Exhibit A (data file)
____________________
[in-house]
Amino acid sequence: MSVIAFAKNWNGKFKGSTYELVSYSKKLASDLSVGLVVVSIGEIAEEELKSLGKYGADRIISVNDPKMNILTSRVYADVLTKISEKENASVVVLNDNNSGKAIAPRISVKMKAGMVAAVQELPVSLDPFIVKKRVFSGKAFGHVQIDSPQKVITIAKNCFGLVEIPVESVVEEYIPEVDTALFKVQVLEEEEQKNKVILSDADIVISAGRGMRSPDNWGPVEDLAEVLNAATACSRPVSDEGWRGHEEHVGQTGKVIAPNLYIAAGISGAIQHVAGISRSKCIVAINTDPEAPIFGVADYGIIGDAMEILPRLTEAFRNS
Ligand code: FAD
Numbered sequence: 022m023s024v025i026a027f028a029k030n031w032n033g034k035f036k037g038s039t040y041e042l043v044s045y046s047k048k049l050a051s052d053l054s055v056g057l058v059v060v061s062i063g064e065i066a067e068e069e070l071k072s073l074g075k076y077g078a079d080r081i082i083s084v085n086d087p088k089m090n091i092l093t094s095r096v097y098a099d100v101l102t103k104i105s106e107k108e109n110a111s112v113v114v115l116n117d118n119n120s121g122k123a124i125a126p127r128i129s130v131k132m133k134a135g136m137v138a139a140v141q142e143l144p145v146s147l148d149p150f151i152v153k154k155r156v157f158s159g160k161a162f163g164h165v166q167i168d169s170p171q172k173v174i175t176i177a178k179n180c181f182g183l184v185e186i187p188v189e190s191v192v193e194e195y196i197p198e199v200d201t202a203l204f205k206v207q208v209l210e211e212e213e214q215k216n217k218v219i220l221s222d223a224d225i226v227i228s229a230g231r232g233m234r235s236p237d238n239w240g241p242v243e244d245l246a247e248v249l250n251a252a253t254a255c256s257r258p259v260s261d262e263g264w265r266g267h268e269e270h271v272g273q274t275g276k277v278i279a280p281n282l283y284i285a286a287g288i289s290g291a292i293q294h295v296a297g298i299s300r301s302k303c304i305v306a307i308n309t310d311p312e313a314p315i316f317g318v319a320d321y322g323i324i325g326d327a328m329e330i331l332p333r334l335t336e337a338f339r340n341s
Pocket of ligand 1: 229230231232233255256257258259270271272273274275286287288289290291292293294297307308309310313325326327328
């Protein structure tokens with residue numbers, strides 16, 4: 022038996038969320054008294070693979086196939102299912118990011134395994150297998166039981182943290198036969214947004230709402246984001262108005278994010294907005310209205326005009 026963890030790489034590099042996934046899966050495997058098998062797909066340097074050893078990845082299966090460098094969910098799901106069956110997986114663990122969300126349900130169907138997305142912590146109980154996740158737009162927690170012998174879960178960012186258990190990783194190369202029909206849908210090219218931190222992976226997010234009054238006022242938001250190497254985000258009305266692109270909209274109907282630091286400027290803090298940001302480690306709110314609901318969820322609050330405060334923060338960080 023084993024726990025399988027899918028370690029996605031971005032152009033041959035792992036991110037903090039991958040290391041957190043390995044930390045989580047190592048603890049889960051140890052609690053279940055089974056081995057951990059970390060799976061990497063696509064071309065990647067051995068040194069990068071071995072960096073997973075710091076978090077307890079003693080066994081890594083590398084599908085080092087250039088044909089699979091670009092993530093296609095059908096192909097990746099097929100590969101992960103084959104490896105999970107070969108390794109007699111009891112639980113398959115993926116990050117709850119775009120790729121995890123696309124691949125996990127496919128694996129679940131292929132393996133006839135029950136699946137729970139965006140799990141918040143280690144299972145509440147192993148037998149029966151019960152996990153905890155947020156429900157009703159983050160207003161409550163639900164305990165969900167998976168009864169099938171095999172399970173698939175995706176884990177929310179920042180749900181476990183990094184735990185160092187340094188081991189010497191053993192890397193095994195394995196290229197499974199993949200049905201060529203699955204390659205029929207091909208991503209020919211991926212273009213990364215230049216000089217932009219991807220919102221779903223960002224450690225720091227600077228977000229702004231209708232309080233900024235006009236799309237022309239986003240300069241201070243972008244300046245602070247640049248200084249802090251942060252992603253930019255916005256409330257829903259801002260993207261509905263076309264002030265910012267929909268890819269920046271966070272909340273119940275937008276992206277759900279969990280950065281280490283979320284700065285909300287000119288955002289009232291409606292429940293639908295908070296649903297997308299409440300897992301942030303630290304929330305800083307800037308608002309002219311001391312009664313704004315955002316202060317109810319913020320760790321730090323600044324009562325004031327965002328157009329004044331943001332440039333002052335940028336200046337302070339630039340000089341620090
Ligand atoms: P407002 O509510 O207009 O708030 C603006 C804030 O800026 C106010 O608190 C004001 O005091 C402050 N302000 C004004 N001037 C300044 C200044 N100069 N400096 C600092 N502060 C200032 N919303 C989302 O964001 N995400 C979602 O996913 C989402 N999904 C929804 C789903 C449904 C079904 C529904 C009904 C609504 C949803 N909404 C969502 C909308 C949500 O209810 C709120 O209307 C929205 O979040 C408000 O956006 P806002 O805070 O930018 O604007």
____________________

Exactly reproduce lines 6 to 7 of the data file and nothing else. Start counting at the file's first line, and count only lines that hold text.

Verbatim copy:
């Protein structure tokens with residue numbers, strides 16, 4: 022038996038969320054008294070693979086196939102299912118990011134395994150297998166039981182943290198036969214947004230709402246984001262108005278994010294907005310209205326005009 026963890030790489034590099042996934046899966050495997058098998062797909066340097074050893078990845082299966090460098094969910098799901106069956110997986114663990122969300126349900130169907138997305142912590146109980154996740158737009162927690170012998174879960178960012186258990190990783194190369202029909206849908210090219218931190222992976226997010234009054238006022242938001250190497254985000258009305266692109270909209274109907282630091286400027290803090298940001302480690306709110314609901318969820322609050330405060334923060338960080 023084993024726990025399988027899918028370690029996605031971005032152009033041959035792992036991110037903090039991958040290391041957190043390995044930390045989580047190592048603890049889960051140890052609690053279940055089974056081995057951990059970390060799976061990497063696509064071309065990647067051995068040194069990068071071995072960096073997973075710091076978090077307890079003693080066994081890594083590398084599908085080092087250039088044909089699979091670009092993530093296609095059908096192909097990746099097929100590969101992960103084959104490896105999970107070969108390794109007699111009891112639980113398959115993926116990050117709850119775009120790729121995890123696309124691949125996990127496919128694996129679940131292929132393996133006839135029950136699946137729970139965006140799990141918040143280690144299972145509440147192993148037998149029966151019960152996990153905890155947020156429900157009703159983050160207003161409550163639900164305990165969900167998976168009864169099938171095999172399970173698939175995706176884990177929310179920042180749900181476990183990094184735990185160092187340094188081991189010497191053993192890397193095994195394995196290229197499974199993949200049905201060529203699955204390659205029929207091909208991503209020919211991926212273009213990364215230049216000089217932009219991807220919102221779903223960002224450690225720091227600077228977000229702004231209708232309080233900024235006009236799309237022309239986003240300069241201070243972008244300046245602070247640049248200084249802090251942060252992603253930019255916005256409330257829903259801002260993207261509905263076309264002030265910012267929909268890819269920046271966070272909340273119940275937008276992206277759900279969990280950065281280490283979320284700065285909300287000119288955002289009232291409606292429940293639908295908070296649903297997308299409440300897992301942030303630290304929330305800083307800037308608002309002219311001391312009664313704004315955002316202060317109810319913020320760790321730090323600044324009562325004031327965002328157009329004044331943001332440039333002052335940028336200046337302070339630039340000089341620090
Ligand atoms: P407002 O509510 O207009 O708030 C603006 C804030 O800026 C106010 O608190 C004001 O005091 C402050 N302000 C004004 N001037 C300044 C200044 N100069 N400096 C600092 N502060 C200032 N919303 C989302 O964001 N995400 C979602 O996913 C989402 N999904 C929804 C789903 C449904 C079904 C529904 C009904 C609504 C949803 N909404 C969502 C909308 C949500 O209810 C709120 O209307 C929205 O979040 C408000 O956006 P806002 O805070 O930018 O604007």